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Frederick H. Dyer, Compendium of the War of the Rebellion: Regimental Histories 191 93 Browse Search
Rebellion Record: a Diary of American Events: Documents and Narratives, Volume 4. (ed. Frank Moore) 185 3 Browse Search
Colonel William Preston Johnston, The Life of General Albert Sidney Johnston : His Service in the Armies of the United States, the Republic of Texas, and the Confederate States. 182 0 Browse Search
Adam Badeau, Military history of Ulysses S. Grant from April 1861 to April 1865. Volume 1 156 0 Browse Search
Robert Underwood Johnson, Clarence Clough Buell, Battles and Leaders of the Civil War: The Opening Battles. Volume 1. 145 1 Browse Search
Benson J. Lossing, Pictorial Field Book of the Civil War. Volume 2. 128 0 Browse Search
William F. Fox, Lt. Col. U. S. V., Regimental Losses in the American Civil War, 1861-1865: A Treatise on the extent and nature of the mortuary losses in the Union regiments, with full and exhaustive statistics compiled from the official records on file in the state military bureaus and at Washington 106 18 Browse Search
Harper's Encyclopedia of United States History (ed. Benson Lossing) 103 3 Browse Search
Alfred Roman, The military operations of General Beauregard in the war between the states, 1861 to 1865 84 0 Browse Search
Admiral David D. Porter, The Naval History of the Civil War. 80 0 Browse Search
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Browsing named entities in Comte de Paris, History of the Civil War in America. Vol. 1. (ed. Henry Coppee , LL.D.). You can also browse the collection for Fort Donelson (Tennessee, United States) or search for Fort Donelson (Tennessee, United States) in all documents.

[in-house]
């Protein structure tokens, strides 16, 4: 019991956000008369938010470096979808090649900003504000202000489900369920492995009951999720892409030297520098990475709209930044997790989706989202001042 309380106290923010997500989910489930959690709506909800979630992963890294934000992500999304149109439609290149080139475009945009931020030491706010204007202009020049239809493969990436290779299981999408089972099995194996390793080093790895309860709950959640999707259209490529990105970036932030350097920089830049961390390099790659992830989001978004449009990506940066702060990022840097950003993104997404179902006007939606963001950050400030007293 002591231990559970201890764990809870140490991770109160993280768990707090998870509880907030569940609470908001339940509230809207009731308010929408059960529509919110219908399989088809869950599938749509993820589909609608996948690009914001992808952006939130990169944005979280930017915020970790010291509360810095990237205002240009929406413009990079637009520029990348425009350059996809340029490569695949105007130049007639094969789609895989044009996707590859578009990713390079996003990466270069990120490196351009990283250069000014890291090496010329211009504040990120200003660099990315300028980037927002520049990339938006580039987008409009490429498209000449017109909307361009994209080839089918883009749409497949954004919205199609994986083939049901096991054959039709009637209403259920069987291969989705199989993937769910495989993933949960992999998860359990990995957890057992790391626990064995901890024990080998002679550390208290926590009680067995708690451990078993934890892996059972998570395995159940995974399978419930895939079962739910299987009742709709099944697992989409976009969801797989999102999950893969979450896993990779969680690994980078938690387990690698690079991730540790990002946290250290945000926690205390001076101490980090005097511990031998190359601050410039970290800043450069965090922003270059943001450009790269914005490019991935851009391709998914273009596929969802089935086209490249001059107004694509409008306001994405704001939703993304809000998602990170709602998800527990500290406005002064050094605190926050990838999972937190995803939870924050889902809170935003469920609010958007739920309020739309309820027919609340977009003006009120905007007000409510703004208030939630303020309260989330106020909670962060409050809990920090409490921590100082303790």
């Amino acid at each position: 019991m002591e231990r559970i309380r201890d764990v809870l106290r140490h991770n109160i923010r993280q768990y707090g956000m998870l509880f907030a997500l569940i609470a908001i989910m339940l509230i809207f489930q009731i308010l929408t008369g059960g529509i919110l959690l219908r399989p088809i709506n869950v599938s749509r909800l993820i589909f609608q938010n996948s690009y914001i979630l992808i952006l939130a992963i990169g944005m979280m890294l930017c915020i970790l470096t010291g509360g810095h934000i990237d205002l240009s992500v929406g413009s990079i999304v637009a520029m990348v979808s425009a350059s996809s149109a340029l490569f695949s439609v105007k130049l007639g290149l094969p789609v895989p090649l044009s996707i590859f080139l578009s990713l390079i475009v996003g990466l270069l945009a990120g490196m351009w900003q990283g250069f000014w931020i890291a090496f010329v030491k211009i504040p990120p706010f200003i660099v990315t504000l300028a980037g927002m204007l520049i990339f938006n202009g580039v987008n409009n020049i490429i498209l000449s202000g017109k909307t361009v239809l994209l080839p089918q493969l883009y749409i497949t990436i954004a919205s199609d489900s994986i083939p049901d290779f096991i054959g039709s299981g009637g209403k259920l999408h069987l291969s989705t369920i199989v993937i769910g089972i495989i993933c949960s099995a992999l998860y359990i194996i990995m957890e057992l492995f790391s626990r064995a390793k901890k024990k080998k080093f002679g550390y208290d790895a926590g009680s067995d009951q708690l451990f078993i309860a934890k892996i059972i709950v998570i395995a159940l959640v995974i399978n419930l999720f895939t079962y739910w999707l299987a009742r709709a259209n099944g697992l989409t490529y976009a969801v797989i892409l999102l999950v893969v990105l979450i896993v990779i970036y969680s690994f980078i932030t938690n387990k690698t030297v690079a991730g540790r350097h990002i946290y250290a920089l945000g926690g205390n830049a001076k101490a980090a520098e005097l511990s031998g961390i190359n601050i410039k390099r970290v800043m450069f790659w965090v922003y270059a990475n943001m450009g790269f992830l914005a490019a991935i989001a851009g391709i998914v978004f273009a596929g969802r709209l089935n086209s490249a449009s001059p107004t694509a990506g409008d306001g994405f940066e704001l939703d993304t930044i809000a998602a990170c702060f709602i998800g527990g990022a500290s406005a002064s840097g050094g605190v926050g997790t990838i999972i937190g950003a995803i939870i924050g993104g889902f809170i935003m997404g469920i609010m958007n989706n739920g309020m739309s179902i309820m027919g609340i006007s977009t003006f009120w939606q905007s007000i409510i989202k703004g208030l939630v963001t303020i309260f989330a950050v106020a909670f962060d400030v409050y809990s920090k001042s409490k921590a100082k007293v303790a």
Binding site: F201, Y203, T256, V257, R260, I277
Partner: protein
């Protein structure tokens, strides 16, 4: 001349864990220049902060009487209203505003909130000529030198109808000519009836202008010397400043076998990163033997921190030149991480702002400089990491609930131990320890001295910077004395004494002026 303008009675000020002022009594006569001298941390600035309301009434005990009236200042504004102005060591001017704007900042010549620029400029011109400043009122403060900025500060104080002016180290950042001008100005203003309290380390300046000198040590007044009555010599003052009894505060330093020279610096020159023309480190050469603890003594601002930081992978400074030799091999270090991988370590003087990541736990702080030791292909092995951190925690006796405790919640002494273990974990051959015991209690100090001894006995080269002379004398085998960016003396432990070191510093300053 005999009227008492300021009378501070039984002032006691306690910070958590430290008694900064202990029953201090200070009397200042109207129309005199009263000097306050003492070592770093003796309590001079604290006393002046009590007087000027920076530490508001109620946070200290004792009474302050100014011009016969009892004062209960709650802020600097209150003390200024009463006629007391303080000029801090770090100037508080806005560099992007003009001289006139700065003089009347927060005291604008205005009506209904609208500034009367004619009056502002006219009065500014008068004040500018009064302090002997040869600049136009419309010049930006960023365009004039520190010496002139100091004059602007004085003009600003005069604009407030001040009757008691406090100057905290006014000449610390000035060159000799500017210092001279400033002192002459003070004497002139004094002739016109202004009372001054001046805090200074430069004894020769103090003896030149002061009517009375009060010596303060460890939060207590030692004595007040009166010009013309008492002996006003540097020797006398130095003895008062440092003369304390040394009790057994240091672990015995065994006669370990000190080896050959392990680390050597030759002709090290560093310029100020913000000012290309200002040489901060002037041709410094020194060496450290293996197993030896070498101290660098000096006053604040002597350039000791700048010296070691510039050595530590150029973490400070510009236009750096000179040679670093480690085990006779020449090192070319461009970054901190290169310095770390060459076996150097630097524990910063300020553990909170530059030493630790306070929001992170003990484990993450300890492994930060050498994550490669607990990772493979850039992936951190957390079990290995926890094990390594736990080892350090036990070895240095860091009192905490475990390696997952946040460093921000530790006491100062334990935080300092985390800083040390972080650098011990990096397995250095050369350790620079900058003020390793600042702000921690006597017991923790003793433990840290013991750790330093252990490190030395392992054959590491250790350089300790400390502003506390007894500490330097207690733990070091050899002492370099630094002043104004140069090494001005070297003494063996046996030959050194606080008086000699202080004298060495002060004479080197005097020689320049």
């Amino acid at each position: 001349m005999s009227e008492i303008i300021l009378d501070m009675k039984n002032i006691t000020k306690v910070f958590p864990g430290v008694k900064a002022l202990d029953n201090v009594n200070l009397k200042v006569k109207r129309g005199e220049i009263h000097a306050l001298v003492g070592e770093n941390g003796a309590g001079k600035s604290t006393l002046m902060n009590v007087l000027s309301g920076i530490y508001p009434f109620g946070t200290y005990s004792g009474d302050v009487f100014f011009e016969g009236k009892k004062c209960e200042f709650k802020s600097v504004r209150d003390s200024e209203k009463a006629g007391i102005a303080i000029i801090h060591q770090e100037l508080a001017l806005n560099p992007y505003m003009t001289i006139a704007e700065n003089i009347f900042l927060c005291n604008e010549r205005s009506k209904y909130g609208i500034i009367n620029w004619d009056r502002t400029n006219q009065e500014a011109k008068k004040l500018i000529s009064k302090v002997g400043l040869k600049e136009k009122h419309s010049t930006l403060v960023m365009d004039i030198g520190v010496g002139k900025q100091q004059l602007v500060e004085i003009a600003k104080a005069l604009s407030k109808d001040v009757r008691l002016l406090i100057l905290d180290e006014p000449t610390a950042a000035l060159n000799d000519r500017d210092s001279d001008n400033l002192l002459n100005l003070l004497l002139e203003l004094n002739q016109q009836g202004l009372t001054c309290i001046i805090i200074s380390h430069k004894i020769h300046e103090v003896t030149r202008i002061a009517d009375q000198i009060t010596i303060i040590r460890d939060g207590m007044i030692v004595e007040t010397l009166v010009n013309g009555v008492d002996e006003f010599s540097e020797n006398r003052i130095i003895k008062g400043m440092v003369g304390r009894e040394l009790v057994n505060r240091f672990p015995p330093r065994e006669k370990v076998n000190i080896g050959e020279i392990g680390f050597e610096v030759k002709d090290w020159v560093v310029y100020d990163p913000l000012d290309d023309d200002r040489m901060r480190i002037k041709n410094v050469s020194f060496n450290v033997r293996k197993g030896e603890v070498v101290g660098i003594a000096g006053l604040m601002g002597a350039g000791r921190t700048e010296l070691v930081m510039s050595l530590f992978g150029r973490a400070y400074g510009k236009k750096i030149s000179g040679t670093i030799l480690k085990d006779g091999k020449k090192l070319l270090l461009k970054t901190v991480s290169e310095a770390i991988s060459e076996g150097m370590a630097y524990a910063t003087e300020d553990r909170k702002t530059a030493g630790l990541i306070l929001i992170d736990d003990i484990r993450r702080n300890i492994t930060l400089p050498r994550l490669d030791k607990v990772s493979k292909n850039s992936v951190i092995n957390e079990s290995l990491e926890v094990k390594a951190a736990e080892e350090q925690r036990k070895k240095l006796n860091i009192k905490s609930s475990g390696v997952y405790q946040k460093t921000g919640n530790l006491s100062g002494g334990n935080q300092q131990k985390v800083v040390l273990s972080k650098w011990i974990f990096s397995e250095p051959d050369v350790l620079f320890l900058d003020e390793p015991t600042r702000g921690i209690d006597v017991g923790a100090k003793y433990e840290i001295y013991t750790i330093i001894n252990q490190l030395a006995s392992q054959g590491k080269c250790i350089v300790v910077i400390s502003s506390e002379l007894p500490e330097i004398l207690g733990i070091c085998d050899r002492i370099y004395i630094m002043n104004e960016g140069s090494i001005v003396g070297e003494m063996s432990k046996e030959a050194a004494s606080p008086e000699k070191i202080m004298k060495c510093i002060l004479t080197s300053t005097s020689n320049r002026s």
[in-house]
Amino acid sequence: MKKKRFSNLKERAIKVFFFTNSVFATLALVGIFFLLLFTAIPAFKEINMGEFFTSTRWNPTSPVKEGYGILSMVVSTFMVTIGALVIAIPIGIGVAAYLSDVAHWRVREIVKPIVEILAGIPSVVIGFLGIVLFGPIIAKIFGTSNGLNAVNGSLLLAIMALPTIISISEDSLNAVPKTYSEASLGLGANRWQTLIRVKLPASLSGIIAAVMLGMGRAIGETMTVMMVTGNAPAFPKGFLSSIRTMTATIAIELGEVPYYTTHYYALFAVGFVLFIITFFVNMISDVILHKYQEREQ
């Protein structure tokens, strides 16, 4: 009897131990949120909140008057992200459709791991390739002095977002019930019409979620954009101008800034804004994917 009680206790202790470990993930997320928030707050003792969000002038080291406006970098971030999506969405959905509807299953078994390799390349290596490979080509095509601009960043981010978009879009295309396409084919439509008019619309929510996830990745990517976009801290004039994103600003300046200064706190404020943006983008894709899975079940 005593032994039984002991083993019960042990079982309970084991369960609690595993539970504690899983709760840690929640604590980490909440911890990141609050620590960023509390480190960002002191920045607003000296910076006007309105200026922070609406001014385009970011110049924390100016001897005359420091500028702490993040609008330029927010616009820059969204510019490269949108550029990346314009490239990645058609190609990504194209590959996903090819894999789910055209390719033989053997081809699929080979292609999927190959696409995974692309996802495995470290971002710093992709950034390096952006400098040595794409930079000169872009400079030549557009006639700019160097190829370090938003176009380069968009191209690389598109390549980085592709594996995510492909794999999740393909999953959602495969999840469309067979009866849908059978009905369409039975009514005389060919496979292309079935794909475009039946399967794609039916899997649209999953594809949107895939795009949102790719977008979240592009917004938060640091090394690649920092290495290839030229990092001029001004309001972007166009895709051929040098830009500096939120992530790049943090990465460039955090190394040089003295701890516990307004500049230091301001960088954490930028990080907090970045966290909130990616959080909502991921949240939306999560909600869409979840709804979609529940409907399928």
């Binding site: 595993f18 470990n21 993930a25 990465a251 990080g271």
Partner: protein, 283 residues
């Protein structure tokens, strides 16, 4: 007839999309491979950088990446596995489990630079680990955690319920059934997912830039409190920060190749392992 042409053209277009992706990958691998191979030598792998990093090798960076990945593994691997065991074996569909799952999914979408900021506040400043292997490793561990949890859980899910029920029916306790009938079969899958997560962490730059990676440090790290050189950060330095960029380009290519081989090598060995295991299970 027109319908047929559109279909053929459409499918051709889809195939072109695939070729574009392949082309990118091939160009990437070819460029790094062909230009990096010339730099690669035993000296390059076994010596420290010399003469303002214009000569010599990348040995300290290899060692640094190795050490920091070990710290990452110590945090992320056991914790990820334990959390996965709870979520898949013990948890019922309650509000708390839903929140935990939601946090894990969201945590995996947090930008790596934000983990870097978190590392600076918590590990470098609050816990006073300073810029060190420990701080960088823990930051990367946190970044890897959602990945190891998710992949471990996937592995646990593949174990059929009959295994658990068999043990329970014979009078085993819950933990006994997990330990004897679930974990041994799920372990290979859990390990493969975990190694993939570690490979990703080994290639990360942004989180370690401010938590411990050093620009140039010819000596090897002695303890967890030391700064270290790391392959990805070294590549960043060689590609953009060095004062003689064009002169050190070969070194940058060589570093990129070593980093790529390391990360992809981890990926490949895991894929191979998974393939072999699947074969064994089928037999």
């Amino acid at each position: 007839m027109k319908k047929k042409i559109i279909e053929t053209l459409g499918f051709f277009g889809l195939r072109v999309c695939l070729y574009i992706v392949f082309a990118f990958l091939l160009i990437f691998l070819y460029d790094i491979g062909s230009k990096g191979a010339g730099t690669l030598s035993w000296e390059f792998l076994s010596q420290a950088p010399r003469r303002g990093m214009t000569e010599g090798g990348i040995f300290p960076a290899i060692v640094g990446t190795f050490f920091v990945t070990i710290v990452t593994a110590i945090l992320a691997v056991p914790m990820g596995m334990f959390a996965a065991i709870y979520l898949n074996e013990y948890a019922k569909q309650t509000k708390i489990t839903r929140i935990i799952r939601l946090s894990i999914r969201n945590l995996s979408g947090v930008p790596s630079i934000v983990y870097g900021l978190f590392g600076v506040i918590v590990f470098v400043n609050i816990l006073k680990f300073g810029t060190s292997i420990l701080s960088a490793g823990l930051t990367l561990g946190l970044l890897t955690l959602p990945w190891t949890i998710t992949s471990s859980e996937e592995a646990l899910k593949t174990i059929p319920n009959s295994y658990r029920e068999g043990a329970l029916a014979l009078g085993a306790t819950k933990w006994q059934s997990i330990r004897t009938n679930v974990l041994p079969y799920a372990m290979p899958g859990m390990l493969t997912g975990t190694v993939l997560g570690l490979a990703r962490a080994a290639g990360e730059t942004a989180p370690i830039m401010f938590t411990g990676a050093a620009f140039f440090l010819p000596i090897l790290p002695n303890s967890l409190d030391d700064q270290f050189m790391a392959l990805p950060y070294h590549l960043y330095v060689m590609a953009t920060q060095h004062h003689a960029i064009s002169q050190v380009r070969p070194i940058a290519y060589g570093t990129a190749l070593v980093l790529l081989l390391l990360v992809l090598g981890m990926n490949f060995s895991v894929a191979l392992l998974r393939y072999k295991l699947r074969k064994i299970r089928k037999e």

Your search returned 32 results in 2 document sections:

Comte de Paris, History of the Civil War in America. Vol. 1. (ed. Henry Coppee , LL.D.), Book III:—the first conflict. (search)
ake possession of an intermediate station and throw the Federal staffs into confusion by sending false despatches destined to upset their plans. One day the guerilla Mosby, having performed an exploit of this kind, took an impudent advantage of it to send to the office of the Secretary of War, Mr. Stanton, a despatch full of insults addressed to that high functionary. The Confederates, on their part, charged one of their employes with having by his disloyalty contributed to the loss of Fort Donelson by delaying instead of accelerating the arrival of the reinforcements which were to relieve that place. If this fact has not been positively proved, there is nothing improbable in it, and it shows that, with all its advantages, the use of the telegraph in war is not without its dangers. In the American armies there was also organized an aerial telegraph by means of flags raised upon a long pole, which were waved to right and left over the stations in sight of each other. Sometimes p
Comte de Paris, History of the Civil War in America. Vol. 1. (ed. Henry Coppee , LL.D.), Book V:—the first winter. (search)
they had erected two forts, called Henry and Donelson. The first, of comparatively small dimensionund a little later among the vanquished of Fort Donelson; and apart from that, a few prisoners the n of Fort Henry, which had taken refuge in Fort Donelson since the rout of the 5th. Buckner with hefore Fort Henry also re-embarked to reach Fort Donelson by water. There remained fifteen thousandatch him, he presented himself in front of Fort Donelson during the afternoon at the moment when Flin points. Differing widely from Fort Henry, Donelson was much better defended on the river than on of Kentucky. The fate of the garrison of Fort Donelson was a warning to Polk's army not to allow y reached Columbus to learn of the capture of Donelson, and his first act in the exercise of his newo experience the same fate as the garrison of Donelson. If, on the contrary, it should abandon Mempe central States—Mill Springs, Bowling Green, Donelson, Fort Henry, Columbus, and Island No.10; the [21 more...]